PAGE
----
Bangkok, city on the move.
Most of the time. Occasionally there are traffic issues, usually from about 4:00am in the morning until 5:30am the next day. At other times, it is slow but steady.
So how do the Thais get around? By any means necessary and often the most unsafe available. In order of decreasing safety, here are your options:
BTS & MRT: the BTS “Sky Train” is an elevated light rail, the MRT an underground light rail. Both clean, cheap, and reliable. As a tourist, don’t expect there to be stops near the places you’ll want to go.
Metered cab: these worked out fine for us from and to the airports. Just make sure they turn the meter on before they start driving. If not, your mileage may vary.
Tuk-tuk: riding lawn mower body with supped up engine, back bench for passengers, and a colorful roof. Did you know it was safe to take these on a highway? No? Me neither but they do and it’s a surprisingly smooth ride. Although I think the passing of cars was just showing off.
Khlong boat: skinny, long, needle-like boats with Mack truck engines strapped on the back. You can get a ride on one of these for about $1. Thanks to a helpful tuk-tuk driver who took us to a pier in the middle of nowhere, we opted to pay $20. Never let the driver suggest where you should go. The drive will be cheap, the destination something different.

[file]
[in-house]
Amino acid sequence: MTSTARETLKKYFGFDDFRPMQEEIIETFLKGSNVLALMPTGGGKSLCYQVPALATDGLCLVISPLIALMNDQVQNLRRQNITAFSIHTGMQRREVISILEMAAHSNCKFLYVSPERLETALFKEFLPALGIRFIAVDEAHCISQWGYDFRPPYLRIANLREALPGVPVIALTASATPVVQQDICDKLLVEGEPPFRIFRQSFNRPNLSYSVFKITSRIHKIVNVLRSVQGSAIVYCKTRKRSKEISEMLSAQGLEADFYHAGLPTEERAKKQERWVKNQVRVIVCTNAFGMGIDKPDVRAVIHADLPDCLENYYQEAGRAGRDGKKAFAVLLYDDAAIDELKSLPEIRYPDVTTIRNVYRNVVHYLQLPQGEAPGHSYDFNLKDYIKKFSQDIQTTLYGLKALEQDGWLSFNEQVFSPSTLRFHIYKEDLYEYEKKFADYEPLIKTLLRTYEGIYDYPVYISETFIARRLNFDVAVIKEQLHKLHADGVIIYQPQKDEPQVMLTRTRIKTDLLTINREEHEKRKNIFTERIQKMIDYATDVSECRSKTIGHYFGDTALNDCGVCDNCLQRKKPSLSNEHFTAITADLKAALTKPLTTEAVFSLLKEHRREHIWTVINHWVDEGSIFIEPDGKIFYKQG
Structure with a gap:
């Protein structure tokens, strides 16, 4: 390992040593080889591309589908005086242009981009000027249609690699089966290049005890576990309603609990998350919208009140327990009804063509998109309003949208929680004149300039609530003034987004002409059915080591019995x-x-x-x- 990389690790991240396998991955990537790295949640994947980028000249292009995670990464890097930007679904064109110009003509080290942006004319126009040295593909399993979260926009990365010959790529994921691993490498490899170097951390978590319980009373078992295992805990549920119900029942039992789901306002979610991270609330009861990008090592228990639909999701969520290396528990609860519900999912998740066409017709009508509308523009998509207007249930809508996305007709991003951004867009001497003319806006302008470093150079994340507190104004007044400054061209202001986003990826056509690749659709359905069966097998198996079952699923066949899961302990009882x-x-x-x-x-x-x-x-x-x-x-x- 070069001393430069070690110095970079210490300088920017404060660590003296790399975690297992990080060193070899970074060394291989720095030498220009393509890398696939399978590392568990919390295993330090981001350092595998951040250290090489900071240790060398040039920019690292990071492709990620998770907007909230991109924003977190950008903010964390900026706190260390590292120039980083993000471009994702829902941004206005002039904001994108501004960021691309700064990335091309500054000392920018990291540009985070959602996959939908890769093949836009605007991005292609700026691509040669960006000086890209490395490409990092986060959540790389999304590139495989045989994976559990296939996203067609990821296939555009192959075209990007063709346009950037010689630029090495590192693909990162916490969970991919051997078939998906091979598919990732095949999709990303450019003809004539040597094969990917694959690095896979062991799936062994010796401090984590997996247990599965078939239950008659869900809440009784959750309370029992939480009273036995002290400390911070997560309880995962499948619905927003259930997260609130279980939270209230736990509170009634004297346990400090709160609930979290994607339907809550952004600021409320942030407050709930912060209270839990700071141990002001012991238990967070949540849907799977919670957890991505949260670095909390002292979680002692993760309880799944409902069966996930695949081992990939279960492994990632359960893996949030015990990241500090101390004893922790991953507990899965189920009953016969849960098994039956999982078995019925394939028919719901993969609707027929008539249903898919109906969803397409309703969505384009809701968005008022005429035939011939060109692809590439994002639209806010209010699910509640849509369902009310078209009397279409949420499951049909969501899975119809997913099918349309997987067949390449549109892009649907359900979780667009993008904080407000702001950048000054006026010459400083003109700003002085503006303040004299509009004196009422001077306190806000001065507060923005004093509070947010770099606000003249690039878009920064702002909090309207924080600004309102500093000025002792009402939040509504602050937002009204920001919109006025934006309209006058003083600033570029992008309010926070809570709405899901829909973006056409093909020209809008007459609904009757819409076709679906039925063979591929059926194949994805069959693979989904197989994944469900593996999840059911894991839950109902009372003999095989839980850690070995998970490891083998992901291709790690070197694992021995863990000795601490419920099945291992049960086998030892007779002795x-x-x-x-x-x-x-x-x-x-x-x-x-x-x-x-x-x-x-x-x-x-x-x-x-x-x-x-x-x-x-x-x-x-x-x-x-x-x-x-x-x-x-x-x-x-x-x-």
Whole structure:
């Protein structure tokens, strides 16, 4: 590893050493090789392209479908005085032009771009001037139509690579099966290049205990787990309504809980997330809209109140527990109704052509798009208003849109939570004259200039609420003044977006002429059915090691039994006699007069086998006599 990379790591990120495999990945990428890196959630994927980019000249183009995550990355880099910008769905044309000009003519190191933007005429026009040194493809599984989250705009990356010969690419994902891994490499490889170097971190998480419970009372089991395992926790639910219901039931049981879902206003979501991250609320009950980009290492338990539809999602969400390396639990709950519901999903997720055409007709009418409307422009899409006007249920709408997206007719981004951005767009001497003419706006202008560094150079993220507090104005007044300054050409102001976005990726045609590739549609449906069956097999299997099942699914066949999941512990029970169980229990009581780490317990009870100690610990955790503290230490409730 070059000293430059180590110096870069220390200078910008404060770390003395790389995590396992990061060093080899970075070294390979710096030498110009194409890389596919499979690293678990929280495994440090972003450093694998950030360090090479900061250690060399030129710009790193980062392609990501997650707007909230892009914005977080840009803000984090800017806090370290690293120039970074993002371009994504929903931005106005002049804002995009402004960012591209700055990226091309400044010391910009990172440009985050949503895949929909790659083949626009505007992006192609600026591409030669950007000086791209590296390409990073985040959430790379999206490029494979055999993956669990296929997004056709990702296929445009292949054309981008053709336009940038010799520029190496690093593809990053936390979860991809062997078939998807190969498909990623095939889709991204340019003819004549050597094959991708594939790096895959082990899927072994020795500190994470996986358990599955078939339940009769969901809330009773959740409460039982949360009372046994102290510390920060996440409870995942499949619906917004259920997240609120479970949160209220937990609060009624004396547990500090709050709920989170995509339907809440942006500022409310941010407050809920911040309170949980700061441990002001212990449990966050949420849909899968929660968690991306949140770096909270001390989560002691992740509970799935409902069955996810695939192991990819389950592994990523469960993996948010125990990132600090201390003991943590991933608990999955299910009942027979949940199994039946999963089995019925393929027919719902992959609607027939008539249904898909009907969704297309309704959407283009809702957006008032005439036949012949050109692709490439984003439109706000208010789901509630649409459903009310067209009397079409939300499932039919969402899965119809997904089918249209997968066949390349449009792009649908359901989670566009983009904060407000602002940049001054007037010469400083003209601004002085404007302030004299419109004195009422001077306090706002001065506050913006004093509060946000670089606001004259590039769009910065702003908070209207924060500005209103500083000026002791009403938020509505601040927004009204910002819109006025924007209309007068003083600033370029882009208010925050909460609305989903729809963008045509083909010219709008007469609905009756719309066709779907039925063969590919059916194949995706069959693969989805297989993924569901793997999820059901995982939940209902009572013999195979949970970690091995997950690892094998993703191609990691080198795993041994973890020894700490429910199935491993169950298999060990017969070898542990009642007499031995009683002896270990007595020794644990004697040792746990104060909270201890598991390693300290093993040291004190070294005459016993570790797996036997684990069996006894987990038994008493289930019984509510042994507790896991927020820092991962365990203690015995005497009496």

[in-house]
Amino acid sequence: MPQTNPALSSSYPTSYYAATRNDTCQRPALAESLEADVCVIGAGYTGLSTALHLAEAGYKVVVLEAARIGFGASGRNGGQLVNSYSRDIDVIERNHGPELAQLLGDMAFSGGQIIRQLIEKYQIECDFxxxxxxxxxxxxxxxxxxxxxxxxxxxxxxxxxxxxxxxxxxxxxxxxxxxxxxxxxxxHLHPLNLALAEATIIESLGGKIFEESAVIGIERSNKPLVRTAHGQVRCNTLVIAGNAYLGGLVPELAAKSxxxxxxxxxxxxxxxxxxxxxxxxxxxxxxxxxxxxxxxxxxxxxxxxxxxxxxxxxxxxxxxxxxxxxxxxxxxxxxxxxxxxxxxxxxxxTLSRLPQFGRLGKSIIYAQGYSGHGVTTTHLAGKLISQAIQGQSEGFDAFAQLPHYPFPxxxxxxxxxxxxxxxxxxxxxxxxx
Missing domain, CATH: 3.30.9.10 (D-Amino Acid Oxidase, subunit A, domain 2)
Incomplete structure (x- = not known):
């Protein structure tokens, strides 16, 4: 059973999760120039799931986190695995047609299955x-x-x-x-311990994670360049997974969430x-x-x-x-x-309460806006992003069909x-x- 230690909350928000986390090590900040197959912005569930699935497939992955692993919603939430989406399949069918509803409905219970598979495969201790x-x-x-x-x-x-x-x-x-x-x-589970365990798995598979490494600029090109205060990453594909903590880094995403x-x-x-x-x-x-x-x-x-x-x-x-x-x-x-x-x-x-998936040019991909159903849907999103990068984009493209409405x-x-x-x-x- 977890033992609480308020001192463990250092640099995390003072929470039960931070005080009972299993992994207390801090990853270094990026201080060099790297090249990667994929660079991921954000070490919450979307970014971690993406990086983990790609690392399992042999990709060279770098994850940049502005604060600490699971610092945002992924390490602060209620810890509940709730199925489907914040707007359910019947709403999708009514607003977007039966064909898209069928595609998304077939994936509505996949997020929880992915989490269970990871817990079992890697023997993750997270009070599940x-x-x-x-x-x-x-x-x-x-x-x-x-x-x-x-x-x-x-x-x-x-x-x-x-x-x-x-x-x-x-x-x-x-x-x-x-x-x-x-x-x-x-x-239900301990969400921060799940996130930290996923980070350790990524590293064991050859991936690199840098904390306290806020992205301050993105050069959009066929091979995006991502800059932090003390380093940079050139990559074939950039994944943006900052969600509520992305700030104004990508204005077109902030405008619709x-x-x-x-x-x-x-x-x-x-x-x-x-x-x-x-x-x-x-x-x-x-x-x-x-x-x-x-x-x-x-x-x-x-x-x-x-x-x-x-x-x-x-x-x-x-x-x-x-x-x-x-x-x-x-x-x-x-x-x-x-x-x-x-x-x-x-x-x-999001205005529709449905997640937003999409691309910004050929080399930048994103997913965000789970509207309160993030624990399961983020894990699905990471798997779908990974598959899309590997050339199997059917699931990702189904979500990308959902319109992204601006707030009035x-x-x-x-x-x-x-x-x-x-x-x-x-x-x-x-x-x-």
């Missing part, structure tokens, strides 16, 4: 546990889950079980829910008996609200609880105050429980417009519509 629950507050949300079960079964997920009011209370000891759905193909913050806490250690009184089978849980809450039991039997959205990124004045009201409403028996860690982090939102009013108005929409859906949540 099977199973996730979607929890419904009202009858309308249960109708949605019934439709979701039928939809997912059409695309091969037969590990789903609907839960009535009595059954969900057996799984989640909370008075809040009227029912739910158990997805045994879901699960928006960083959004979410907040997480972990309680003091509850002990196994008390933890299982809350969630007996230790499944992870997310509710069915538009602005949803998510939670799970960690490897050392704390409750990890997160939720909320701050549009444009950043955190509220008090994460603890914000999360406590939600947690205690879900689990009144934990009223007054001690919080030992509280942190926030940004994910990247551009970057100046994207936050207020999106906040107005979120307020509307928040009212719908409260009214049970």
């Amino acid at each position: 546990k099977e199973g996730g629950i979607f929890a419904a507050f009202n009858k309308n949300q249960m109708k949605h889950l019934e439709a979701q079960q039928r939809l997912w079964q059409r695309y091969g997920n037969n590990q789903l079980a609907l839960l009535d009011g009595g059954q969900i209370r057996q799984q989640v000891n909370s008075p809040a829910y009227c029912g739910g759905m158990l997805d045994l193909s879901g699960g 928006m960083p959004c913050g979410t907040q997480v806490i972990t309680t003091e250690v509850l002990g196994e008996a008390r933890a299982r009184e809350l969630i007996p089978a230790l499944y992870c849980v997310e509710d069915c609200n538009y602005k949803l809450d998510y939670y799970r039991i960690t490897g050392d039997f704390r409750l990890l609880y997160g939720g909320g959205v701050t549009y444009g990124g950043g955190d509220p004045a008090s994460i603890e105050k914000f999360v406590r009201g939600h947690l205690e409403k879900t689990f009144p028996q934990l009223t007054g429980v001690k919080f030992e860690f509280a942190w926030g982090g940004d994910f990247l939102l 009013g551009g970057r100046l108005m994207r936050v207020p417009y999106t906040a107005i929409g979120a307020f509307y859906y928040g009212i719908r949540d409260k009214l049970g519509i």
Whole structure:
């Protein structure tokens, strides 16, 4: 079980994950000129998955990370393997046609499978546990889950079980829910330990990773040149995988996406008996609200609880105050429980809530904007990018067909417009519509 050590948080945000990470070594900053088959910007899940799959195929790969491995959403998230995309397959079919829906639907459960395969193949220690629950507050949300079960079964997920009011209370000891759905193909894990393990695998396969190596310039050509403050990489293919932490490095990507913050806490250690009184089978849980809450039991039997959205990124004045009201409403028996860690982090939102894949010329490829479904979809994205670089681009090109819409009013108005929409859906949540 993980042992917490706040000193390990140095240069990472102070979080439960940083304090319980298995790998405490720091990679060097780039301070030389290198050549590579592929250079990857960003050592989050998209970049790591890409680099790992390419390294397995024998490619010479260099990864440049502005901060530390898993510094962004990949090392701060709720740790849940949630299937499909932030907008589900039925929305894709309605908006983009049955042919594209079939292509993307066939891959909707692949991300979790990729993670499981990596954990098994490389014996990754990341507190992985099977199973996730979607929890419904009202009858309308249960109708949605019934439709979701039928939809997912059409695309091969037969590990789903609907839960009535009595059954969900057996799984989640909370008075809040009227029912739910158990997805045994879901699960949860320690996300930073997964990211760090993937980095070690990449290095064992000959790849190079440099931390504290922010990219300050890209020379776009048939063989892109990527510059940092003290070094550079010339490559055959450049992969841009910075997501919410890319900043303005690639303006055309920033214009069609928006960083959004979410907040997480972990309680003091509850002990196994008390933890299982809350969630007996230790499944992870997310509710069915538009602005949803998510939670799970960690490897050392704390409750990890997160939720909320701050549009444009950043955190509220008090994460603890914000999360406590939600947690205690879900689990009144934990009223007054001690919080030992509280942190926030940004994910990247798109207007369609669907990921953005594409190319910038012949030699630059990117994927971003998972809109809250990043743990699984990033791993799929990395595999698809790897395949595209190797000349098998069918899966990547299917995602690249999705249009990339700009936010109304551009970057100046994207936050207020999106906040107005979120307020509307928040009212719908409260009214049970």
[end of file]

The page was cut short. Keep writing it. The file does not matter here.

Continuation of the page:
Motorcycle taxi: this is pretty much what it sounds like, a death wish. On the plus side, if the traffic is really bad they have no problem driving on the sidewalk. This also makes walking on the sidewalk adventurous.
For our first few nights in country, we choose a quiet business hotel, Oakwood Suites. A small studio with kitchenette and rooftop pool. At the very high end of our budget range, we felt a few nights of assured sleep was a priority to overcome the 12 hour time shift. Located in the expat neighborhood of Sukhumvit and at the crossroads of MRT and BTS lines, this was the perfect setup to see a bit of Bangkok, while also getting the rest we needed. (It would be over a week before both of us stopped waking up at 3am, no matter what time we went to sleep or how much beer I mixed with Ambien.)
On our first full day we took the BTS to the Chatuchak weekend market, a 27 acre maze of over 2,000 covered stalls, with vendors selling clothes, furniture, lights, silverware, fake fruit…anything you could imagine and more being sold to the 200,000 shoppers who come here on any given weekend. Impressive and easy to get lost in; which is part of the reason to go. It was well worth the price of admission (free) and if we’re back in Bangkok the weekend before we leave, this is most likely where your trinket will come from.
Bangkok is a big city and we were happy to see a little portion of it but I don’t think we would ever have enough time to get to know it.